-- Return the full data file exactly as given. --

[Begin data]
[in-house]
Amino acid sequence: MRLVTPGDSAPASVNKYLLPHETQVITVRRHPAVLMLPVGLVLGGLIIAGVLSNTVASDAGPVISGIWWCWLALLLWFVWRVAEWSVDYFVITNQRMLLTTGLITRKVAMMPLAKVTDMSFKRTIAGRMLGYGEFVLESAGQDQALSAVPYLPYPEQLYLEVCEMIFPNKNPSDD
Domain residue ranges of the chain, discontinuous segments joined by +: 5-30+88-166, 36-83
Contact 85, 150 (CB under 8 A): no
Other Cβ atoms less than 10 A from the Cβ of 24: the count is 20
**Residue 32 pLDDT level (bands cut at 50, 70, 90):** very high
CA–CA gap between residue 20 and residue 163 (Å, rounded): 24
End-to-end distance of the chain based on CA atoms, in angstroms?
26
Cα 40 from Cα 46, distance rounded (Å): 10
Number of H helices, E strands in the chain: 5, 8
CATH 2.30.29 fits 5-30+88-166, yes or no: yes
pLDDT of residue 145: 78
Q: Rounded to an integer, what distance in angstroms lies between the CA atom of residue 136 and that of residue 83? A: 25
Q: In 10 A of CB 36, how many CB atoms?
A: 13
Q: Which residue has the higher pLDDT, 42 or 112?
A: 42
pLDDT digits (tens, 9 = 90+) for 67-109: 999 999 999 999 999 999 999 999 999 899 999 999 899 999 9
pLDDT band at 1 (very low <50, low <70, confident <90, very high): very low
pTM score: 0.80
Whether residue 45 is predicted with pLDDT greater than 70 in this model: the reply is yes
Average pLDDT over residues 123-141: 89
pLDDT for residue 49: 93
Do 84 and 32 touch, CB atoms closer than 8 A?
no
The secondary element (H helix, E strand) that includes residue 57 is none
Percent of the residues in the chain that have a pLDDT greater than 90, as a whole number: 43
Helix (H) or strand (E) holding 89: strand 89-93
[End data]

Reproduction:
[in-house]
Amino acid sequence: MRLVTPGDSAPASVNKYLLPHETQVITVRRHPAVLMLPVGLVLGGLIIAGVLSNTVASDAGPVISGIWWCWLALLLWFVWRVAEWSVDYFVITNQRMLLTTGLITRKVAMMPLAKVTDMSFKRTIAGRMLGYGEFVLESAGQDQALSAVPYLPYPEQLYLEVCEMIFPNKNPSDD
Domain residue ranges of the chain, discontinuous segments joined by +: 5-30+88-166, 36-83
Contact 85, 150 (CB under 8 A): no
Other Cβ atoms less than 10 A from the Cβ of 24: the count is 20
**Residue 32 pLDDT level (bands cut at 50, 70, 90):** very high
CA–CA gap between residue 20 and residue 163 (Å, rounded): 24
End-to-end distance of the chain based on CA atoms, in angstroms?
26
Cα 40 from Cα 46, distance rounded (Å): 10
Number of H helices, E strands in the chain: 5, 8
CATH 2.30.29 fits 5-30+88-166, yes or no: yes
pLDDT of residue 145: 78
Q: Rounded to an integer, what distance in angstroms lies between the CA atom of residue 136 and that of residue 83? A: 25
Q: In 10 A of CB 36, how many CB atoms?
A: 13
Q: Which residue has the higher pLDDT, 42 or 112?
A: 42
pLDDT digits (tens, 9 = 90+) for 67-109: 999 999 999 999 999 999 999 999 999 899 999 999 899 999 9
pLDDT band at 1 (very low <50, low <70, confident <90, very high): very low
pTM score: 0.80
Whether residue 45 is predicted with pLDDT greater than 70 in this model: the reply is yes
Average pLDDT over residues 123-141: 89
pLDDT for residue 49: 93
Do 84 and 32 touch, CB atoms closer than 8 A?
no
The secondary element (H helix, E strand) that includes residue 57 is none
Percent of the residues in the chain that have a pLDDT greater than 90, as a whole number: 43
Helix (H) or strand (E) holding 89: strand 89-93